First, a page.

Horton said a developer looks at the results of a community Charrette, crowd sourcing, public participation, public visioning.

“So do those things,” Horton said. When people are truly engaged in their community process, then those are the people who are educated and understand the value of development. That is where support comes from, that is where local elected officials can turn to for support.

Horton added a developer wants transparency, predictability. Having to make significant changes to plans, being blindsided in the review and approval process or having rules change mid-way through are bad things.

Morgan explained a developer will work to have a working relationship with municipal staff. The developer wants to understand a community’s vision, passion and looks to local staff as those best able to help them understand this.

“Those relationships are everything,” Horton said. Need that detailed dialog to have a level of understanding which reduces the number of unknowns. Any community will have concerns, and needs. That is okay. It is important to express them right at the beginning. What is not okay is to fail to be forthright about those concerns, or to have them come up later in the process.

For this to work, Morgan said, there is an expectation the municipality will have made major efforts to connect with its local stakeholders – even those with whom the community may not agree with. Local government needs to be working with:

  • Local opposition
  • Neighborhood associations
  • Other neighboring and regional governments (municipalities in the region, school district, road agencies, county building codes and so on).

If opposition does materialize, there should be a working relationship already in place to start conversations that may work toward a solution. The goal is for a municipality to foster thoughtful public engagement, maybe even at a level of one-on-one conversation Horton suggested.

A municipality needs to have knowledge of its demographics, market data, and understand it. The understanding needs to be at a depth that representatives of the municipality can explain it to others –such as the developer’s team of people. That data should also be in easy-to-understand format which is available to anyone. At a minimum, all panelists suggested data a community should have includes:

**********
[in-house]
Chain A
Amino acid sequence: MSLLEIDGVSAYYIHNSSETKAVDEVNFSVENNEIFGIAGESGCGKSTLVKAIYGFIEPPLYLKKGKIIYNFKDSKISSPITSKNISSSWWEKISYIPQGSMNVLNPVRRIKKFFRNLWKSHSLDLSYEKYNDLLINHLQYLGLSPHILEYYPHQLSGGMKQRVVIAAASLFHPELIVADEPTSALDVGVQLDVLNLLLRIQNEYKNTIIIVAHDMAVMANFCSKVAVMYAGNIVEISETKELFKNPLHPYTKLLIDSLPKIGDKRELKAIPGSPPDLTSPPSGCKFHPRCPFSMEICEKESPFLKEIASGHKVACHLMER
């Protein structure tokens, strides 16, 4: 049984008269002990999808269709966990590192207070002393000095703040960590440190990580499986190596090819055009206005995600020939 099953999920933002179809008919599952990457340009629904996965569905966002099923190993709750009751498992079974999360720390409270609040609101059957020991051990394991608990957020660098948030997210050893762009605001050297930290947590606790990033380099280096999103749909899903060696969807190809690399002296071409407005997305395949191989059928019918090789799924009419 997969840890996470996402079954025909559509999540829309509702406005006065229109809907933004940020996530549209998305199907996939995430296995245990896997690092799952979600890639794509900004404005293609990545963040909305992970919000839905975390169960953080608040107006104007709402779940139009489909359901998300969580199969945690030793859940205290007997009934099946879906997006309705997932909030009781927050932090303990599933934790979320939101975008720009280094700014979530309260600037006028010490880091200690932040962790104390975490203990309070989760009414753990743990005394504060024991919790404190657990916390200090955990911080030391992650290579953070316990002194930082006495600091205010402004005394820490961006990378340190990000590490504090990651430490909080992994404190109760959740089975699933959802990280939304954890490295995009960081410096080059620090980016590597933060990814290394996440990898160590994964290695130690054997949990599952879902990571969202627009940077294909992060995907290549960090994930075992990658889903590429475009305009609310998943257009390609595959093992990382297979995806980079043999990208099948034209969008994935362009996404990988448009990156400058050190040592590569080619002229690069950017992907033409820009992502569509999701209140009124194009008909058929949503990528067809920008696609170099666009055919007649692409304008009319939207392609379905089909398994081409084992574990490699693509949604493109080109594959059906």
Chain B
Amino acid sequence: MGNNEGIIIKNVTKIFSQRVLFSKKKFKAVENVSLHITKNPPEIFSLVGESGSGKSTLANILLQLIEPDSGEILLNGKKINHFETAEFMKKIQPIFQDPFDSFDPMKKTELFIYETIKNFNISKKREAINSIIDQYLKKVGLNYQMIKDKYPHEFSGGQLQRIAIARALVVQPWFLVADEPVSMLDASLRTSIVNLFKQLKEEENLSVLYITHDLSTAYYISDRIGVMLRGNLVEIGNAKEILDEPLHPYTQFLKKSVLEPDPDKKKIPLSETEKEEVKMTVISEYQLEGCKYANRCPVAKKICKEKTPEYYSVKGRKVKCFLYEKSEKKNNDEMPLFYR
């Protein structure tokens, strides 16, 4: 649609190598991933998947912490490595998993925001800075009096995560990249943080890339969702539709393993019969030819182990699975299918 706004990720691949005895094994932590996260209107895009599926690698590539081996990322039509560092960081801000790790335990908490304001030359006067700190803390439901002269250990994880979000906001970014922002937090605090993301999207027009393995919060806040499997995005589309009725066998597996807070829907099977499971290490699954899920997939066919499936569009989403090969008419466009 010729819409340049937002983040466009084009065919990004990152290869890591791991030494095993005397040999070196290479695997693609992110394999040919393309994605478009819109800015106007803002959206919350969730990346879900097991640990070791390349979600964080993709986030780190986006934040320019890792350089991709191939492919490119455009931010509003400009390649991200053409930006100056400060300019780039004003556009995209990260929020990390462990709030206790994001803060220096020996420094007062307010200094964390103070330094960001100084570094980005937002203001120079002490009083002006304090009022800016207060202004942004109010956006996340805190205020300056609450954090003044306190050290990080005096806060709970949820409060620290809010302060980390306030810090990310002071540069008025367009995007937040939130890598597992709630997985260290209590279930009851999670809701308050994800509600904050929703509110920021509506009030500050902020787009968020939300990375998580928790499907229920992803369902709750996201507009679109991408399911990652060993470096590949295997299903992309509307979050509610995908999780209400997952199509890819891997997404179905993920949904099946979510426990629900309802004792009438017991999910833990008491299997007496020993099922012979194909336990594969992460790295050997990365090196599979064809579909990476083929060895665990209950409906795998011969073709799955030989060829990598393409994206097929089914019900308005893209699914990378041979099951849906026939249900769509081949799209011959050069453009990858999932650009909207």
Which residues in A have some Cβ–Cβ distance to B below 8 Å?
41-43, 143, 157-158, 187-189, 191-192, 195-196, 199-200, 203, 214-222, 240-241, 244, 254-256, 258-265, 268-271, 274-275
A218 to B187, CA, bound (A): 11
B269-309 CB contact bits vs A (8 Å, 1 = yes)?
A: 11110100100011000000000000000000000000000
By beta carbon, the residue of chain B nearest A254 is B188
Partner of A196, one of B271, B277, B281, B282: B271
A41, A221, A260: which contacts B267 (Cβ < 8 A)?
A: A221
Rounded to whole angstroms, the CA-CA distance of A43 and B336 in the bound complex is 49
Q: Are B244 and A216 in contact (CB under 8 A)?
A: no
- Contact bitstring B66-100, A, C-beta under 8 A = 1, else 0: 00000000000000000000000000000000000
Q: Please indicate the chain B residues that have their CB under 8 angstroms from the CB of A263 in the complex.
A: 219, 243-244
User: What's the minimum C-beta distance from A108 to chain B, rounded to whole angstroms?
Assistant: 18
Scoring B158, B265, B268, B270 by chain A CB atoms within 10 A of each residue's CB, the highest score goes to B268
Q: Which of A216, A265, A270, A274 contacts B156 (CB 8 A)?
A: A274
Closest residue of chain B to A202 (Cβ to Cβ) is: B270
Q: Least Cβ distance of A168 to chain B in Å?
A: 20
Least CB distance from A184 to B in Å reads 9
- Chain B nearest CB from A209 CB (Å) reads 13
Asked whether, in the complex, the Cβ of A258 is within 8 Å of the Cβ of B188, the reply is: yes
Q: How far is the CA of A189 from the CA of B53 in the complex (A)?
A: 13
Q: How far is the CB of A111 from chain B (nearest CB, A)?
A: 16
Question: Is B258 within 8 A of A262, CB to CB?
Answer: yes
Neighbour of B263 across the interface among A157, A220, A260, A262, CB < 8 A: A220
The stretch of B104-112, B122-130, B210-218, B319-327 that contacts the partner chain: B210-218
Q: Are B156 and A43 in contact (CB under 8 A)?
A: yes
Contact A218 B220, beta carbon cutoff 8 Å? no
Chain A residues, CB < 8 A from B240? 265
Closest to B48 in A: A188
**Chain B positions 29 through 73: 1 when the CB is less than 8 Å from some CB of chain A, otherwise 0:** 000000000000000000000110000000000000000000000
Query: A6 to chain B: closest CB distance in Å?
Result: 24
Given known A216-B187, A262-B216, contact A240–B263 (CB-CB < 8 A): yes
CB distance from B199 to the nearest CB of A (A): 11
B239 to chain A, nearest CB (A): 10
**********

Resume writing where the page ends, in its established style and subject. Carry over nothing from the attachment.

• Employment, growth numbers
  • Immigration patterns
  • Foreclosure trends
  • School system strengths
  • Apartment and rental rates
  • Information on all building permits and zoning permits
  • Demographics (in particular the Millennials and Boomers)
  • Sewer line size and capacity
  • Water line capacity
  • Assessment of storm sewer adequacy
  • Broadband
  • Private utilities (gas, electric)
  • List of sites ready for redevelopment (maybe with the phase I environmental assessment already done)

It is best is to have all this information posted on the municipal website.

Sometimes, smaller municipalities do not have staff, or are too small to have the resources to do all of the above. In those cases, county government should provide the staff support for the municipalities within the county. That can be done through a county planning department, community development department or an economic development organization. Michigan State University Extension can provide expertise to help counties evaluate what is in place and what cooperative effort can be created to improve a region’s competitive standing.